It is often difficult for consumers to understand and manage the vast amounts of information that is collected and stored when they go online, engage in commerce or even use mobile apps. The storage, sale and transmission of such information, even though it is bought by legitimate companies and advertisers, often leads to data compromises creating identity fraud risks for consumers. But a recent report from the FTC addresses these issues and seeks to better protect consumer privacy.
The FTC report, Protecting Consumer Privacy in an Era of Rapid Change: Recommendations for Businesses and Policymakers, sets best practices for businesses to protect consumers’ privacy while giving greater control over the collection and use of their personal data. These best practice recommendations include greater transparency about what data is collected from consumers while providing access to the data collected from a consumer; giving a simple option for consumers to control the tracking of their activities online including a Do-Not-Track mechanism; and that companies should limit the data they collect and how long they retain it while maintaining reasonable security for protecting this data.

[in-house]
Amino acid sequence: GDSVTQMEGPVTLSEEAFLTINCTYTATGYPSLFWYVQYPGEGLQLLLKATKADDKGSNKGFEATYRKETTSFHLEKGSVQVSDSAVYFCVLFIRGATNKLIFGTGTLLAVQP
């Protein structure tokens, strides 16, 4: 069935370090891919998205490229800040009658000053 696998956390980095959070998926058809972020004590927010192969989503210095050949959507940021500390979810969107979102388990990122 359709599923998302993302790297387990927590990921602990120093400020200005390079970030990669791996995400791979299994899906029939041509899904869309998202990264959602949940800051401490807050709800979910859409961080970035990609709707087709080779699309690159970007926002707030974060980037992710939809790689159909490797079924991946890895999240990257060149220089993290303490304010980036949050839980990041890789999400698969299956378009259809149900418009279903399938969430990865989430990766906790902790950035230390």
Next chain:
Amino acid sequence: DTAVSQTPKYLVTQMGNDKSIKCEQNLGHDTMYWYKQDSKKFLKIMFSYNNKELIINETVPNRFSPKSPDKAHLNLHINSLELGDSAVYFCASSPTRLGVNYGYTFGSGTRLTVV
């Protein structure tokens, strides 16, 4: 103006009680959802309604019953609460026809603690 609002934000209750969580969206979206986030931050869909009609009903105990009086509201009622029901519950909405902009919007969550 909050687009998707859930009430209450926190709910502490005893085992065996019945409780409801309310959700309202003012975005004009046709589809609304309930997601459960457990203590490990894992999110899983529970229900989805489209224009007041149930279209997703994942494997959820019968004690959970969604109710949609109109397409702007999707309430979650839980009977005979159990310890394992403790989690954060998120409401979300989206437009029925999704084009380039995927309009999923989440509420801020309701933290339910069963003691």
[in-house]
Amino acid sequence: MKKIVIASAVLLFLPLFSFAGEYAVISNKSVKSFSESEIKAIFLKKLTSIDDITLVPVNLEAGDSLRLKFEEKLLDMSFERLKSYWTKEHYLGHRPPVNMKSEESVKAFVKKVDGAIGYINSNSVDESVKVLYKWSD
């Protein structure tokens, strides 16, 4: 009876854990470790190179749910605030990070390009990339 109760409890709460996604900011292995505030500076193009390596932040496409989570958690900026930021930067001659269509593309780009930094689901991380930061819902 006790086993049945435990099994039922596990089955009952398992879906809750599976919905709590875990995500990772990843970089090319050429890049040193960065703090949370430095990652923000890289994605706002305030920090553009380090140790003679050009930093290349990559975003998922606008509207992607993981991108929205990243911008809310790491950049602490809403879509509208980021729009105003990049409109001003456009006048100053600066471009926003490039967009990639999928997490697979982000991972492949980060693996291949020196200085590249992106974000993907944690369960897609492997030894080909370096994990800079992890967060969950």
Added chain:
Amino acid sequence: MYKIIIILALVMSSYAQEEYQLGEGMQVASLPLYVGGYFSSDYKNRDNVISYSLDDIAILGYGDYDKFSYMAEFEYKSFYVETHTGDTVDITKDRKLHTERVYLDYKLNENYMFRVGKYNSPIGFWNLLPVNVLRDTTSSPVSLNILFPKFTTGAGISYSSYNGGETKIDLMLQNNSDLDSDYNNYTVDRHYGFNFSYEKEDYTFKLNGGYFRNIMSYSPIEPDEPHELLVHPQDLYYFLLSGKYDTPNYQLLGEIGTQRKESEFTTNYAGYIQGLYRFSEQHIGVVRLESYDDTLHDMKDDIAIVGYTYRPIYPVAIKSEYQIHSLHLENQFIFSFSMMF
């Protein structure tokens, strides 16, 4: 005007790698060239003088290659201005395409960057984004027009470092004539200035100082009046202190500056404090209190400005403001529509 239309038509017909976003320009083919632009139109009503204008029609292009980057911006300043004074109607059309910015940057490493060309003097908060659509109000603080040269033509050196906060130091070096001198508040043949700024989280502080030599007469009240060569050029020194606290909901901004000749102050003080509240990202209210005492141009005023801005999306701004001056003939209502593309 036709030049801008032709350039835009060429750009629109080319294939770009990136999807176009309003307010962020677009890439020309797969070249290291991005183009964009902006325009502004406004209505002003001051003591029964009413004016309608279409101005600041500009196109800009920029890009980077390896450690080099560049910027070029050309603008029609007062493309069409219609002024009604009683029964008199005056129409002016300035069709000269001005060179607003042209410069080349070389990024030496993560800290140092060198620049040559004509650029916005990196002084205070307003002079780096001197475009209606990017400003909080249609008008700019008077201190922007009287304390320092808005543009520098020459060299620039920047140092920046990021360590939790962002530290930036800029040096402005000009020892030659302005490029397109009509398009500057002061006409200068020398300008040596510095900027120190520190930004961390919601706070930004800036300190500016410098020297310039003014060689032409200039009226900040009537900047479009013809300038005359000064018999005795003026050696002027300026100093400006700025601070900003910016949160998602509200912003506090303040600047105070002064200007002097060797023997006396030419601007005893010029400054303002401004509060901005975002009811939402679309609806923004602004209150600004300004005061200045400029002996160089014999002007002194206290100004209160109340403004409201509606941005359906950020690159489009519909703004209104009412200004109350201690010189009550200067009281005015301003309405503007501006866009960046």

Other important areas the FTC touches on include the privacy as it relates to both mobile device use and data brokers. In the report the FTC urges data brokers to be more transparent in disclosing how they collect and use consumer data while providing consumers detailed information about the choices they have with sharing their own information. With respect to mobile the FTC calls on companies to improve privacy protections and disclosures as many mobile apps can access a consumer’s geolocation, phone contacts and other information. The FTC will additionally host a workshop on May 30, 2012 to discuss privacy disclosures that can be effective and accessible in the mobile channel.
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